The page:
British PM Theresa May leads emergency meeting on Gulf shipping security

Prime Minister Theresa May will chair a meeting of Britain's Cabinet Office Briefing Rooms emergencies committee at around 10.30 am local time. PHOTO: EPA-EFE

LONDON (BLOOMBERG) - Prime Minister Theresa May held a meeting of the UK's emergency committee on Monday (July 22) to discuss the security of shipping in the Persian Gulf, after Iran seized a British oil tanker in the Strait of Hormuz last week.

May and the committee of top officials and ministers, dubbed Cobra, has convened in London, her office said. Foreign Secretary Jeremy Hunt and Defence Secretary Penny Mordaunt are at the talks.

The UK demanded the immediate release of the Stena Impero, and summoned Iran's charge d'affaires in London, Mohsen Omidzamani, following the incident in one of the world's critical energy chokepoints.

While the government threatened Iran with "serious consequences" and advised UK ships to avoid the area, it also made clear it's not seeking to exacerbate tensions.

"We do not seek confrontation with Iran, but it is unacceptable and highly escalatory to seize a ship going about legitimate business through internationally recognised shipping lanes," May's spokesman, James Slack, told reporters in London.

"The ship was seized under false and illegal pretenses, and the Iranians should release it and its crew immediately."

On Sunday, the Iranian flag was seen flying over the bridge of the tanker in the Bandar Abbas port, according to images aired by state-run Press TV.

Tensions have flared in the Strait of Hormuz in recent weeks as Iran lashes out against US sanctions that are crippling its oil exports and after the seizure of one of its tankers near Gibraltar. The Strait accounts for about a third of the world's seaborne oil flows, and Brent crude rallied as much as 2.4 per cent on Friday's news.

The UK plans to take further measures this week, Hunt said in a statement, without giving details. He is due to take questions in the House of Commons later on Monday.

The Sunday Telegraph said diplomatic and economic measures, including a freeze on Iranian assets, are being considered and the UK may push the European Union and United Nations to reimpose sanctions on Iran.

But on Sunday, Chancellor of the Exchequer Philip Hammond sought to downplay that threat.

"We've already got a wide raft of sanctions against Iran, particularly financial sanctions, so it's not clear that there are immediate additional things that we can do but we are of course looking at all the options," Hammond said in a BBC interview.

Still, "it was an illegal act and we're going to pursue every possible diplomatic route to resolve this issue".

Iran doesn't have any assets that the British government could seize, according to Ali Naghi Seyyed-Khamoushi, head of the Iran-Britain Joint Chamber of Commerce in Teheran. Any sanctions wouldn't affect Iran's exports and imports to any great extent, he said, according Iran's Tasnim news agency.

With May set to leave office on Wednesday, the latest clash with Iran presents a diplomatic headache for her successor. The favourite to be named the new Conservative Party leader is Boris Johnson, and his opponent, Hunt, on Saturday tweeted that British shipping will be protected in the Persian Gulf.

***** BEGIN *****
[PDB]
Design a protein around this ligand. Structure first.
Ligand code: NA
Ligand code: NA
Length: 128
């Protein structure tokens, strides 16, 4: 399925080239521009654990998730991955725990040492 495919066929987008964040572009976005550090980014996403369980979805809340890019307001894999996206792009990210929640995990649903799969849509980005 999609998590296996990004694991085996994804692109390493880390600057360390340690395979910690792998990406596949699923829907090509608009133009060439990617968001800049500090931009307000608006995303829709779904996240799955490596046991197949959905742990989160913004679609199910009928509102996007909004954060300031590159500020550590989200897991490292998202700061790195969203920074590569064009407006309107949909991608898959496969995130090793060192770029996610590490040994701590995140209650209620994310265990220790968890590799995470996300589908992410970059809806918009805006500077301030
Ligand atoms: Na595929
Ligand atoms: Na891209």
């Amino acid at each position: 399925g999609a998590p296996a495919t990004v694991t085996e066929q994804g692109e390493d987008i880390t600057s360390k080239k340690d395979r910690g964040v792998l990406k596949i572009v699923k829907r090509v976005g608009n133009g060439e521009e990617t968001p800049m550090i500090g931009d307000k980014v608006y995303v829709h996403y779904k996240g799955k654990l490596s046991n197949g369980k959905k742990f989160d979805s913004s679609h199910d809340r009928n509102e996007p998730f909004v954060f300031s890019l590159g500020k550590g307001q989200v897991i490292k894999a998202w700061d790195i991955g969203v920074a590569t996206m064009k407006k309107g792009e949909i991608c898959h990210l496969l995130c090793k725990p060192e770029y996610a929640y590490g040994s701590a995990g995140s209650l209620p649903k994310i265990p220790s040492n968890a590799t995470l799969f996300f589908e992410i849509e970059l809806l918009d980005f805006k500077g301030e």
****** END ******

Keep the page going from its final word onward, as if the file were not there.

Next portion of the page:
On Monday, May's spokesman told reporters the UK doesn't have the capacity to protect every vessel.

US Central Command has announced a "multinational maritime effort" called Operation Sentinel to "increase surveillance of and security in key waterways in the Middle East to ensure freedom of navigation in light of recent events in the Arabian Gulf region".

Relations between Iran and the West have worsened since US President Donald Trump pulled out of the 2015 multi-nation agreement with Iran to limit its nuclear programme. The US reimposed the sanctions that had hobbled the Iranian economy and has been pressuring European allies to respect the sanctions and curtail their trade with Iran.

Iran's Revolutionary Guards said on Saturday that the British ship entered the strait from the wrong direction, wasn't paying heed to maritime regulations and could potentially have collided with other vessels. State television said the ship will be held until judicial assessments are complete.

Stena Bulk, the ship's owner, said on Sunday that a request to the authorities at Bandar Abbas - where the vessel is anchored - to visit the 23 crew members had been acknowledged. The company hasn't yet received a formal response.

Iran has also suggested its actions are in retaliation for Britain's seizure of the Grace 1 tanker off Gibraltar. A court in Gibraltar ordered the continued detention of the vessel for another 30 days, after it was held on suspicion of taking oil to Syria. Iran denies that was the destination.

In recent weeks the UK Navy has escorted some tankers out of the region, while the US said it downed an Iranian drone just days ago. The latest incident cooled hopes that the US and Iran would soothe tensions by entering into negotiations.

In Washington, Trump said he will be "working with the UK" and suggested the latest developments justify his harsher approach toward Teheran.

"This only goes to show what I'm saying about Iran: trouble, nothing but trouble."

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